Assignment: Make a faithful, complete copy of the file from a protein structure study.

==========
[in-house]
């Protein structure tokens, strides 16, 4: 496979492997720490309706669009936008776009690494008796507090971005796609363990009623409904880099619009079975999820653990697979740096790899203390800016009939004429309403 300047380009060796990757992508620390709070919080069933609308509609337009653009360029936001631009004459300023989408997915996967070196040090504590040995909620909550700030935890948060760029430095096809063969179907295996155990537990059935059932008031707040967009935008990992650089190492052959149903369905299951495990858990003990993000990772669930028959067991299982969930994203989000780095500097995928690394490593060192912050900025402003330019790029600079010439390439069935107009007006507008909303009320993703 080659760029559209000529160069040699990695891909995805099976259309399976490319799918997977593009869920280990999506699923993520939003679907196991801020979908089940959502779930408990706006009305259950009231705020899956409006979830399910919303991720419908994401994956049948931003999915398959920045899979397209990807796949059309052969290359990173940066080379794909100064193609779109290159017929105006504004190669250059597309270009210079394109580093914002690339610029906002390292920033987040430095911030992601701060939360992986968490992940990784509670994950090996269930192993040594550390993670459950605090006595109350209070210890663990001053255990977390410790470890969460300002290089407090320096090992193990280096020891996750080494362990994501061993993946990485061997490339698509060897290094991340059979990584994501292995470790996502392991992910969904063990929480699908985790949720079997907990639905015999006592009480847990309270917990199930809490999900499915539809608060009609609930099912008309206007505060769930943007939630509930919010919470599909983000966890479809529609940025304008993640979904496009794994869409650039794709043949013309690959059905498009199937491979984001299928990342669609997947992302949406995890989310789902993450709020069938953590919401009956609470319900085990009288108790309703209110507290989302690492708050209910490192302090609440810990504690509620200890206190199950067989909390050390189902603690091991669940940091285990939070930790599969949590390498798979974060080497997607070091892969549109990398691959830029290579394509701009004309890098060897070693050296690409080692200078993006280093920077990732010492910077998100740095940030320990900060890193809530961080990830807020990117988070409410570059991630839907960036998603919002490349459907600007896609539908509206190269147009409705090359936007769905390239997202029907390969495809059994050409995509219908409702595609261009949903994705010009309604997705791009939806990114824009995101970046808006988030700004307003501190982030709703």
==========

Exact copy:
[in-house]
């Protein structure tokens, strides 16, 4: 496979492997720490309706669009936008776009690494008796507090971005796609363990009623409904880099619009079975999820653990697979740096790899203390800016009939004429309403 300047380009060796990757992508620390709070919080069933609308509609337009653009360029936001631009004459300023989408997915996967070196040090504590040995909620909550700030935890948060760029430095096809063969179907295996155990537990059935059932008031707040967009935008990992650089190492052959149903369905299951495990858990003990993000990772669930028959067991299982969930994203989000780095500097995928690394490593060192912050900025402003330019790029600079010439390439069935107009007006507008909303009320993703 080659760029559209000529160069040699990695891909995805099976259309399976490319799918997977593009869920280990999506699923993520939003679907196991801020979908089940959502779930408990706006009305259950009231705020899956409006979830399910919303991720419908994401994956049948931003999915398959920045899979397209990807796949059309052969290359990173940066080379794909100064193609779109290159017929105006504004190669250059597309270009210079394109580093914002690339610029906002390292920033987040430095911030992601701060939360992986968490992940990784509670994950090996269930192993040594550390993670459950605090006595109350209070210890663990001053255990977390410790470890969460300002290089407090320096090992193990280096020891996750080494362990994501061993993946990485061997490339698509060897290094991340059979990584994501292995470790996502392991992910969904063990929480699908985790949720079997907990639905015999006592009480847990309270917990199930809490999900499915539809608060009609609930099912008309206007505060769930943007939630509930919010919470599909983000966890479809529609940025304008993640979904496009794994869409650039794709043949013309690959059905498009199937491979984001299928990342669609997947992302949406995890989310789902993450709020069938953590919401009956609470319900085990009288108790309703209110507290989302690492708050209910490192302090609440810990504690509620200890206190199950067989909390050390189902603690091991669940940091285990939070930790599969949590390498798979974060080497997607070091892969549109990398691959830029290579394509701009004309890098060897070693050296690409080692200078993006280093920077990732010492910077998100740095940030320990900060890193809530961080990830807020990117988070409410570059991630839907960036998603919002490349459907600007896609539908509206190269147009409705090359936007769905390239997202029907390969495809059994050409995509219908409702595609261009949903994705010009309604997705791009939806990114824009995101970046808006988030700004307003501190982030709703």